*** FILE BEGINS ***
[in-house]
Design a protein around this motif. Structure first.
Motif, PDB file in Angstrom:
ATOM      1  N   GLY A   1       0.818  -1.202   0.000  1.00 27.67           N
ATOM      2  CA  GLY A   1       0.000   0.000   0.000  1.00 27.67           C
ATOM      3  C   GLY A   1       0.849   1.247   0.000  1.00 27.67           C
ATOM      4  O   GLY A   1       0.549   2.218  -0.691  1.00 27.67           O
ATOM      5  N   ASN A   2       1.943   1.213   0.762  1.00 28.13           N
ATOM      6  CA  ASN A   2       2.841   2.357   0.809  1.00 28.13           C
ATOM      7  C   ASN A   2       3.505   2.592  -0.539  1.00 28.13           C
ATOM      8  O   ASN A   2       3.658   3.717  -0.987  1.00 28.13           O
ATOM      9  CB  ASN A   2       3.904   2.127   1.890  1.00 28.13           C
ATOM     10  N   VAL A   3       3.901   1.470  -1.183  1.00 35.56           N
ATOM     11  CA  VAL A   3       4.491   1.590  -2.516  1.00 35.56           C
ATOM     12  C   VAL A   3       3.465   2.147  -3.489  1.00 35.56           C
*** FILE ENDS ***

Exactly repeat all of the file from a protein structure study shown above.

[in-house]
Design a protein around this motif. Structure first.
Motif, PDB file in Angstrom:
ATOM      1  N   GLY A   1       0.818  -1.202   0.000  1.00 27.67           N
ATOM      2  CA  GLY A   1       0.000   0.000   0.000  1.00 27.67           C
ATOM      3  C   GLY A   1       0.849   1.247   0.000  1.00 27.67           C
ATOM      4  O   GLY A   1       0.549   2.218  -0.691  1.00 27.67           O
ATOM      5  N   ASN A   2       1.943   1.213   0.762  1.00 28.13           N
ATOM      6  CA  ASN A   2       2.841   2.357   0.809  1.00 28.13           C
ATOM      7  C   ASN A   2       3.505   2.592  -0.539  1.00 28.13           C
ATOM      8  O   ASN A   2       3.658   3.717  -0.987  1.00 28.13           O
ATOM      9  CB  ASN A   2       3.904   2.127   1.890  1.00 28.13           C
ATOM     10  N   VAL A   3       3.901   1.470  -1.183  1.00 35.56           N
ATOM     11  CA  VAL A   3       4.491   1.590  -2.516  1.00 35.56           C
ATOM     12  C   VAL A   3       3.465   2.147  -3.489  1.00 35.56           C